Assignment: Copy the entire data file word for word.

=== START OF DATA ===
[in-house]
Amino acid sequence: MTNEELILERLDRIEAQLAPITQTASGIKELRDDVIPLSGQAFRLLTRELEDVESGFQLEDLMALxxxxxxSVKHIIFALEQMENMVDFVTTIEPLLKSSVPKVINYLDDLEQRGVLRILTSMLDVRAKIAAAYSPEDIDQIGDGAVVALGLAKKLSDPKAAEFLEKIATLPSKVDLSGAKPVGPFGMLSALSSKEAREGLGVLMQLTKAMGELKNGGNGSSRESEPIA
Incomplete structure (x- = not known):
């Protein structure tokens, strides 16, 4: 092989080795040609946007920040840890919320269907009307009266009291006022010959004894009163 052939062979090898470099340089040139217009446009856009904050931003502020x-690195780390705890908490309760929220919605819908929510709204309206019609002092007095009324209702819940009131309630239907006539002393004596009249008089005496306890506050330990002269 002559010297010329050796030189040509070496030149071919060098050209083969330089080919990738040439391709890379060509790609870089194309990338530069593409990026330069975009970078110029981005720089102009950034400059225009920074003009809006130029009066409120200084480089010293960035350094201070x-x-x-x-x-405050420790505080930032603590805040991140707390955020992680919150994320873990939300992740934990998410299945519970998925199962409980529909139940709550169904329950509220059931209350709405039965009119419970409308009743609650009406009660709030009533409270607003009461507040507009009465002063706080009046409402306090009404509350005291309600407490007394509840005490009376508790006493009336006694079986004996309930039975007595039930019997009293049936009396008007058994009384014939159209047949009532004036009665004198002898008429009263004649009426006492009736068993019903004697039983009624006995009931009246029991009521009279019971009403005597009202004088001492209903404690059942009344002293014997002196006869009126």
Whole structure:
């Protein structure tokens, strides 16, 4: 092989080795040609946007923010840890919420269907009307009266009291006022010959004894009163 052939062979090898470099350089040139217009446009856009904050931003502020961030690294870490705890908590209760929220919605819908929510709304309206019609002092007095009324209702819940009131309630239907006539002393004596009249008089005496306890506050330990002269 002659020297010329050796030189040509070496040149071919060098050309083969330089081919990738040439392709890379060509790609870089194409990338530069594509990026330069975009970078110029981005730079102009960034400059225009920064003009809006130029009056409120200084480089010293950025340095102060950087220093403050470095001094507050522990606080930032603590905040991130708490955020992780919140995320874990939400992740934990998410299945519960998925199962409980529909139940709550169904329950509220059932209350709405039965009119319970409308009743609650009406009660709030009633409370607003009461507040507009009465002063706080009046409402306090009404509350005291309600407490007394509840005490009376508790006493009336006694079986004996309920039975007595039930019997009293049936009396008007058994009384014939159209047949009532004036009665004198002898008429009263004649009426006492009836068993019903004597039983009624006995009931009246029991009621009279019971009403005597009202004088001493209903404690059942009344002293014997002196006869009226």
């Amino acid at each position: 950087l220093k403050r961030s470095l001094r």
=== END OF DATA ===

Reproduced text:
[in-house]
Amino acid sequence: MTNEELILERLDRIEAQLAPITQTASGIKELRDDVIPLSGQAFRLLTRELEDVESGFQLEDLMALxxxxxxSVKHIIFALEQMENMVDFVTTIEPLLKSSVPKVINYLDDLEQRGVLRILTSMLDVRAKIAAAYSPEDIDQIGDGAVVALGLAKKLSDPKAAEFLEKIATLPSKVDLSGAKPVGPFGMLSALSSKEAREGLGVLMQLTKAMGELKNGGNGSSRESEPIA
Incomplete structure (x- = not known):
């Protein structure tokens, strides 16, 4: 092989080795040609946007920040840890919320269907009307009266009291006022010959004894009163 052939062979090898470099340089040139217009446009856009904050931003502020x-690195780390705890908490309760929220919605819908929510709204309206019609002092007095009324209702819940009131309630239907006539002393004596009249008089005496306890506050330990002269 002559010297010329050796030189040509070496030149071919060098050209083969330089080919990738040439391709890379060509790609870089194309990338530069593409990026330069975009970078110029981005720089102009950034400059225009920074003009809006130029009066409120200084480089010293960035350094201070x-x-x-x-x-405050420790505080930032603590805040991140707390955020992680919150994320873990939300992740934990998410299945519970998925199962409980529909139940709550169904329950509220059931209350709405039965009119419970409308009743609650009406009660709030009533409270607003009461507040507009009465002063706080009046409402306090009404509350005291309600407490007394509840005490009376508790006493009336006694079986004996309930039975007595039930019997009293049936009396008007058994009384014939159209047949009532004036009665004198002898008429009263004649009426006492009736068993019903004697039983009624006995009931009246029991009521009279019971009403005597009202004088001492209903404690059942009344002293014997002196006869009126």
Whole structure:
């Protein structure tokens, strides 16, 4: 092989080795040609946007923010840890919420269907009307009266009291006022010959004894009163 052939062979090898470099350089040139217009446009856009904050931003502020961030690294870490705890908590209760929220919605819908929510709304309206019609002092007095009324209702819940009131309630239907006539002393004596009249008089005496306890506050330990002269 002659020297010329050796030189040509070496040149071919060098050309083969330089081919990738040439392709890379060509790609870089194409990338530069594509990026330069975009970078110029981005730079102009960034400059225009920064003009809006130029009056409120200084480089010293950025340095102060950087220093403050470095001094507050522990606080930032603590905040991130708490955020992780919140995320874990939400992740934990998410299945519960998925199962409980529909139940709550169904329950509220059932209350709405039965009119319970409308009743609650009406009660709030009633409370607003009461507040507009009465002063706080009046409402306090009404509350005291309600407490007394509840005490009376508790006493009336006694079986004996309920039975007595039930019997009293049936009396008007058994009384014939159209047949009532004036009665004198002898008429009263004649009426006492009836068993019903004597039983009624006995009931009246029991009621009279019971009403005597009202004088001493209903404690059942009344002293014997002196006869009226």
């Amino acid at each position: 950087l220093k403050r961030s470095l001094r």